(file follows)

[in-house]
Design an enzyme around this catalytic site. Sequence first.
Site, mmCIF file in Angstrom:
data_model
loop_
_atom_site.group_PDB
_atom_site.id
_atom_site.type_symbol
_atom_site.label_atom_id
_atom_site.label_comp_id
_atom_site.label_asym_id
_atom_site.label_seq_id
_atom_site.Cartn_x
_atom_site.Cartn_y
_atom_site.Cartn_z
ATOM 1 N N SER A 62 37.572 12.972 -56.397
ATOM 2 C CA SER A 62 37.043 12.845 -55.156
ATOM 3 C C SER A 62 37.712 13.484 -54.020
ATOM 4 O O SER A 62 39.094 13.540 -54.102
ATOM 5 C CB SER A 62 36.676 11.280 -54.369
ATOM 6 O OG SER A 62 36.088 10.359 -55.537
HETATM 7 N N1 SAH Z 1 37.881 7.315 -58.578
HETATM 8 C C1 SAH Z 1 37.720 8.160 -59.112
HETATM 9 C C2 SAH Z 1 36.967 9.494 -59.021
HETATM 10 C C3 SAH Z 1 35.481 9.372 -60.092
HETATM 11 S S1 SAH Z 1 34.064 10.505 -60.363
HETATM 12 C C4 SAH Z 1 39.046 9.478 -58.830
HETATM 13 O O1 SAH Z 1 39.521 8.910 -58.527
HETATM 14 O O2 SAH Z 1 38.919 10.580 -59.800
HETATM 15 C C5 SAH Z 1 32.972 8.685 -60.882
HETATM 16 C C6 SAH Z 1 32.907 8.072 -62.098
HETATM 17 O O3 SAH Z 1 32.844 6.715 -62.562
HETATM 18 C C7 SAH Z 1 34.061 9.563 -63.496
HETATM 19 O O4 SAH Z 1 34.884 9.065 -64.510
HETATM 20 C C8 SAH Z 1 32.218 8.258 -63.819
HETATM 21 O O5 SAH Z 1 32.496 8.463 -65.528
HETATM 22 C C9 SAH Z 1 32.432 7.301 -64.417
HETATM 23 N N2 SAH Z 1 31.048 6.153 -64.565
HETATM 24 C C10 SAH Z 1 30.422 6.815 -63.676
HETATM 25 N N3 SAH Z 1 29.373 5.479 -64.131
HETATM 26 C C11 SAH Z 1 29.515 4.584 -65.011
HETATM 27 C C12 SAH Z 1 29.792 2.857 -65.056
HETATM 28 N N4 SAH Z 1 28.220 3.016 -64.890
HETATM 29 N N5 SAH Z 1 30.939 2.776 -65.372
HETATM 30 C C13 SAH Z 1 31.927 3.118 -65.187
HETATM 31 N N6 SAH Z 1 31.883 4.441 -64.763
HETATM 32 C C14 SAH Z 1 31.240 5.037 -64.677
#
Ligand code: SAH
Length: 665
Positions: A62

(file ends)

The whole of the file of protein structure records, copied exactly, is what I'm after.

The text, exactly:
[in-house]
Design an enzyme around this catalytic site. Sequence first.
Site, mmCIF file in Angstrom:
data_model
loop_
_atom_site.group_PDB
_atom_site.id
_atom_site.type_symbol
_atom_site.label_atom_id
_atom_site.label_comp_id
_atom_site.label_asym_id
_atom_site.label_seq_id
_atom_site.Cartn_x
_atom_site.Cartn_y
_atom_site.Cartn_z
ATOM 1 N N SER A 62 37.572 12.972 -56.397
ATOM 2 C CA SER A 62 37.043 12.845 -55.156
ATOM 3 C C SER A 62 37.712 13.484 -54.020
ATOM 4 O O SER A 62 39.094 13.540 -54.102
ATOM 5 C CB SER A 62 36.676 11.280 -54.369
ATOM 6 O OG SER A 62 36.088 10.359 -55.537
HETATM 7 N N1 SAH Z 1 37.881 7.315 -58.578
HETATM 8 C C1 SAH Z 1 37.720 8.160 -59.112
HETATM 9 C C2 SAH Z 1 36.967 9.494 -59.021
HETATM 10 C C3 SAH Z 1 35.481 9.372 -60.092
HETATM 11 S S1 SAH Z 1 34.064 10.505 -60.363
HETATM 12 C C4 SAH Z 1 39.046 9.478 -58.830
HETATM 13 O O1 SAH Z 1 39.521 8.910 -58.527
HETATM 14 O O2 SAH Z 1 38.919 10.580 -59.800
HETATM 15 C C5 SAH Z 1 32.972 8.685 -60.882
HETATM 16 C C6 SAH Z 1 32.907 8.072 -62.098
HETATM 17 O O3 SAH Z 1 32.844 6.715 -62.562
HETATM 18 C C7 SAH Z 1 34.061 9.563 -63.496
HETATM 19 O O4 SAH Z 1 34.884 9.065 -64.510
HETATM 20 C C8 SAH Z 1 32.218 8.258 -63.819
HETATM 21 O O5 SAH Z 1 32.496 8.463 -65.528
HETATM 22 C C9 SAH Z 1 32.432 7.301 -64.417
HETATM 23 N N2 SAH Z 1 31.048 6.153 -64.565
HETATM 24 C C10 SAH Z 1 30.422 6.815 -63.676
HETATM 25 N N3 SAH Z 1 29.373 5.479 -64.131
HETATM 26 C C11 SAH Z 1 29.515 4.584 -65.011
HETATM 27 C C12 SAH Z 1 29.792 2.857 -65.056
HETATM 28 N N4 SAH Z 1 28.220 3.016 -64.890
HETATM 29 N N5 SAH Z 1 30.939 2.776 -65.372
HETATM 30 C C13 SAH Z 1 31.927 3.118 -65.187
HETATM 31 N N6 SAH Z 1 31.883 4.441 -64.763
HETATM 32 C C14 SAH Z 1 31.240 5.037 -64.677
#
Ligand code: SAH
Length: 665
Positions: A62